We might as well close out the year with the sector we talked about the most during 2016. Yesterday I looked at those banks that have rewarded shareholders with consistent dividends and buybacks. Today I will feature the banks that have grown their book value at a high rate over the last few years. That is the best measure of growth, especially for banks, in my opinion.
At the end of the day, the bottom line is: did you grow earnings and were you able to reinvest those profits in a manner that added value to the bank? The banks I will talk about today have done these things very successfully as the sector began to emerge from the credit crisis.
First Internet Bank (INBK) has used a combination of organic growth and capital raises to grow the total equity value at over 30% annually over the past five years. It uses a different model than most banks and operates as a national bank. It has one physical location, but through its online presence it has deposit relationships in all 50 states. On the loan side, it offers mortgages and consumer loans online.
It also has a strong single tenant lease financing business. Most of that business is conducted in Indiana, Florida, Georgia, Texas and North Carolina. Tenants include national companies with strong credit profiles like Walgreens (WAG) , Rite Aid (RAD) and Wendy's (WEN) . In spite of rapid growth in deposits, assets and loans, loan quality has remained high, as nonperforming assets are just 0.37% of total assets.
Insiders own more than 10% of the bank, so they have some skin in the game. First Internet doesn't look like most community banks, but it has proven that its model can produce a high rate of growth and I expect it to continue to do well. The stock is reasonably priced at just 1.2x book value and 13.5x earnings right now.
Bank of the Ozarks (OZRK) has taken a more traditional path to growth. It is one of, if not the, leading serial acquirer of smaller banks. In the last five years it has closed eight deals that added something on the order of $9 billion in assets to its franchise. It has an equity to assets ratio of over 16, so it would appear to have plenty of capital to continue to pursue an acquisition-based growth strategy for an extended period of time.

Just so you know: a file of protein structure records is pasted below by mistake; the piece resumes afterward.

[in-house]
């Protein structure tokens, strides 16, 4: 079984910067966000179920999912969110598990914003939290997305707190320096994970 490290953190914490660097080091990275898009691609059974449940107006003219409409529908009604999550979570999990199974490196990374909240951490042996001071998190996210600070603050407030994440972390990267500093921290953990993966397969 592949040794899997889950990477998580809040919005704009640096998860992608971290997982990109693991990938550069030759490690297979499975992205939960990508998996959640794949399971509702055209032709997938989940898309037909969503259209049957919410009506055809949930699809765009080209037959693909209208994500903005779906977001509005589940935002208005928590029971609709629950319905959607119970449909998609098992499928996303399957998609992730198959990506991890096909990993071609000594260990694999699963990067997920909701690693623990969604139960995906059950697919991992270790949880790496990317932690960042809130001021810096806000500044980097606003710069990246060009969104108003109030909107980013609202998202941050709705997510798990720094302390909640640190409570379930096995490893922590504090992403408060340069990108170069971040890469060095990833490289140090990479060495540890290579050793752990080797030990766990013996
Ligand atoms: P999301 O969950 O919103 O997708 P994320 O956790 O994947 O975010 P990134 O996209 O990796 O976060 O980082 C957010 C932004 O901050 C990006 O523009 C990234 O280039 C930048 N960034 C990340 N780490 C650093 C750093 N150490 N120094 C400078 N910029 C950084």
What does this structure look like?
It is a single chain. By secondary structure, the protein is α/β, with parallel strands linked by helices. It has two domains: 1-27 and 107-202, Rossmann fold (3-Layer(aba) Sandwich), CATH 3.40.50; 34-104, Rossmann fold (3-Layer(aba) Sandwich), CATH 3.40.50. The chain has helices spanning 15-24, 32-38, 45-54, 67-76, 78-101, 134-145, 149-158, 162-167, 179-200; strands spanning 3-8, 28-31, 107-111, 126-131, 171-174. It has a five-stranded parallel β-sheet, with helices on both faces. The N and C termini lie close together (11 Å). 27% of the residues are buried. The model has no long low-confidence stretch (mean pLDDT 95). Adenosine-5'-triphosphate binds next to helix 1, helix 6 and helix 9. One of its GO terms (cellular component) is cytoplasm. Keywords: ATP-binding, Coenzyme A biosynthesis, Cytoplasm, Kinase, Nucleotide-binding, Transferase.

The bank currently has 262 branches, with over $18 billion in assets. Book value growth has averaged 27% annually for the past five years. The stock is not cheap on the metrics I usually use, at over 3x tangible book, but it has risen by a factor of five since 2011, so the market likes its approach to growing the bank. The best way to get involved in this bank for a value type like myself is to hope it acquires one of my banks and hold the stock that I receive.
Independent Bancorp (IBTX) in McKinney, Texas, has also used an acquisition-based strategy to grow. It has made five deals since its 2013 IPO, adding about $2.5 billion in assets. Currently, the bank has 41 branches in the Austin, Dallas and Houston -- markets with about $5.5 billion in assets. Last month it announced it was buying Carlisle Bancshares, adding $2.3 billion in assets, $1.5 billion in loans, $1.9 billion in deposits and 42 branches to its franchise.
This deal strengthens its Dallas market presence and also allows the bank to expand into Denver and Colorado Springs. The deal appears to be accretive to earnings and book value from day one, and with a 25% cost takeout percentage, the bank estimates it will realize a 20% internal rate of return on the deal. At 3.1x book value, the stock is not cheap on traditional metrics, but it has rewarded shareholders by more than doubling since the offering in 2013.
For most of my career, I have been a cheap bank buyer and, while that will not change in a big way, my discussions with John Allison and his team at Home Bancshares (HOMB) have changed the way I look at the high-growth banks. Owning a bank that grows the book value at a high rate, whether organically or by deal-making, can pay huge rewards to shareholders, so these banks are worthy of consideration by growth and value investors alike.